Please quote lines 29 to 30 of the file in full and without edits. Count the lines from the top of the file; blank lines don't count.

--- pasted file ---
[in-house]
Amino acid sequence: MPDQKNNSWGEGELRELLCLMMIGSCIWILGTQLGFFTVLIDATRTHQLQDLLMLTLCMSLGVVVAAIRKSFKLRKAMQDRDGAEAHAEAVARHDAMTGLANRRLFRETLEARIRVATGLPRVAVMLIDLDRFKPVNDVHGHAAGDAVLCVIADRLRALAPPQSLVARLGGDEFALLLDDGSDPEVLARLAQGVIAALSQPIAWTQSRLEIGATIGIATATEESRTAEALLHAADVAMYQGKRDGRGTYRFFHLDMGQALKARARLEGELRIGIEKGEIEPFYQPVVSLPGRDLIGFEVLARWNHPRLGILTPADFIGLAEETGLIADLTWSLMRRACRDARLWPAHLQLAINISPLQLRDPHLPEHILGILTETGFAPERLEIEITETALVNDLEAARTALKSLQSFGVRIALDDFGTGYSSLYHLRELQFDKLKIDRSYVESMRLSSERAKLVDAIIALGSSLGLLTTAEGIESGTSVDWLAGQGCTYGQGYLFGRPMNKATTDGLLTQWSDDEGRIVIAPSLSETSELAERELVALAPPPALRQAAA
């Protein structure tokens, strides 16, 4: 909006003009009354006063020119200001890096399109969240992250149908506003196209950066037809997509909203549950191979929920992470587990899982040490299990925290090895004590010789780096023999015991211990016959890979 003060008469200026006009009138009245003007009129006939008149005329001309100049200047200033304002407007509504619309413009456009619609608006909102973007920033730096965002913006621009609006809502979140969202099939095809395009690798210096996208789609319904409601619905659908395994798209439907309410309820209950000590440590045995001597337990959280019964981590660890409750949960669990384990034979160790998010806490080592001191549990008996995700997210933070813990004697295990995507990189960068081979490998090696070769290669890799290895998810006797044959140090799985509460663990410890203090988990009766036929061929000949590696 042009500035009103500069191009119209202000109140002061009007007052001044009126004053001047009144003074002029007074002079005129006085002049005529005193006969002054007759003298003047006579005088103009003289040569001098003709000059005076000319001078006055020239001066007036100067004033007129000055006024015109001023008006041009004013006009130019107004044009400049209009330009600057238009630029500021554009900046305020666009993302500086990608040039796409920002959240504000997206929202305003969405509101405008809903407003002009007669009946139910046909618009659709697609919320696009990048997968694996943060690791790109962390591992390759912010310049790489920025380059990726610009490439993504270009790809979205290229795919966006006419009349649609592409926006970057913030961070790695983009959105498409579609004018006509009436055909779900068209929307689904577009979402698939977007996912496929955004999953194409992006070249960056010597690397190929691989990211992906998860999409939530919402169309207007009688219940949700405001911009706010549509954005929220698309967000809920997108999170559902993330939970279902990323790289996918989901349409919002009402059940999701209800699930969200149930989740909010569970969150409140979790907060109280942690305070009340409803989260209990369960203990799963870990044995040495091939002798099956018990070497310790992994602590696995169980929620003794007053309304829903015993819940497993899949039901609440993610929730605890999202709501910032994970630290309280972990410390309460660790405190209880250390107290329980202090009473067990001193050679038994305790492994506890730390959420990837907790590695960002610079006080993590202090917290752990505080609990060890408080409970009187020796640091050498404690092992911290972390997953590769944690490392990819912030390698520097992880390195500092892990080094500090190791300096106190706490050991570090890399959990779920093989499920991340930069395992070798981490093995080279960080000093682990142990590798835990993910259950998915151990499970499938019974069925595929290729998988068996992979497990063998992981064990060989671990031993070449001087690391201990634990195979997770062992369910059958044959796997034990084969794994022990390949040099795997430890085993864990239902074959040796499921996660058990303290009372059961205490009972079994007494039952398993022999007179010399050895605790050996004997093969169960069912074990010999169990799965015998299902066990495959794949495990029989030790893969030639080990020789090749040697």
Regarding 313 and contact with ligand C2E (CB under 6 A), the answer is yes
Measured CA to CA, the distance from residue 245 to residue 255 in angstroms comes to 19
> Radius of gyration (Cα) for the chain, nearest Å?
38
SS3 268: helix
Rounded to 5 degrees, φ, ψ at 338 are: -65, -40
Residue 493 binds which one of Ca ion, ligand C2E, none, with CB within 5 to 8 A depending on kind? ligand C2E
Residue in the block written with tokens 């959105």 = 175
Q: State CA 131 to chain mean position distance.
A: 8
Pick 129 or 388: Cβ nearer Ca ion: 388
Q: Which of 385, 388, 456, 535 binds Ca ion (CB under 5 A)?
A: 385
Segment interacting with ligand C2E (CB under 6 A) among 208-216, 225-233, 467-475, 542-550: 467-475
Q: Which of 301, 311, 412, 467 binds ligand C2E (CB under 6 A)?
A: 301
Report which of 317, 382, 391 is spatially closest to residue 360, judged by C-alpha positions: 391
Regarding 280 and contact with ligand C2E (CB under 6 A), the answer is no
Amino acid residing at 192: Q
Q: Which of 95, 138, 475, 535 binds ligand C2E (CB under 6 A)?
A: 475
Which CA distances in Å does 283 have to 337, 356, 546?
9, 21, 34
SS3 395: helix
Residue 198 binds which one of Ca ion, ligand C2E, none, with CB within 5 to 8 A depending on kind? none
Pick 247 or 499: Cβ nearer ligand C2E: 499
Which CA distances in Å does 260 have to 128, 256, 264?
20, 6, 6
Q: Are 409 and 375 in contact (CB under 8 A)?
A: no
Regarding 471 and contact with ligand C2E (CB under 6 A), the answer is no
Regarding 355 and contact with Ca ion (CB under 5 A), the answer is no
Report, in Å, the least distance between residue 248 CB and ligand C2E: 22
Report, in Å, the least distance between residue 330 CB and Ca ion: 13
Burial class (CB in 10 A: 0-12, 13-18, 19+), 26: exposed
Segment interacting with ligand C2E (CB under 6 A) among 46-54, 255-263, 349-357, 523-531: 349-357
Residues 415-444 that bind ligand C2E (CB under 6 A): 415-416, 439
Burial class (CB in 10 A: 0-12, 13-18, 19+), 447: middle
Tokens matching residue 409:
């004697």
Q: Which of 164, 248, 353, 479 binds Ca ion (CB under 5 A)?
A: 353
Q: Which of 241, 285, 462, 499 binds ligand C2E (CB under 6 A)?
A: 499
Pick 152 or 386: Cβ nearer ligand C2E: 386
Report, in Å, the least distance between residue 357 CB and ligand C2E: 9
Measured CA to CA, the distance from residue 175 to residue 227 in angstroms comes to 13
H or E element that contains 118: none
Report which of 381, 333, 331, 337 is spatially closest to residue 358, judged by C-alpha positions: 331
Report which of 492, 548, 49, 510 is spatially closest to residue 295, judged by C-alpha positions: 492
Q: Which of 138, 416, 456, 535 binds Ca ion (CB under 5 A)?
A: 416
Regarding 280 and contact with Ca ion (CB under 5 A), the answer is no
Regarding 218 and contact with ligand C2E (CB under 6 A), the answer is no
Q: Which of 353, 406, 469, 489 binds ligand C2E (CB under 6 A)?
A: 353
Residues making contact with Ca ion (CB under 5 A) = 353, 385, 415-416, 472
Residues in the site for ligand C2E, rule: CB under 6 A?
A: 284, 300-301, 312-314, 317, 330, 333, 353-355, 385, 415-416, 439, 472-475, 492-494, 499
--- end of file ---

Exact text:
Pick 247 or 499: Cβ nearer ligand C2E: 499
Which CA distances in Å does 260 have to 128, 256, 264?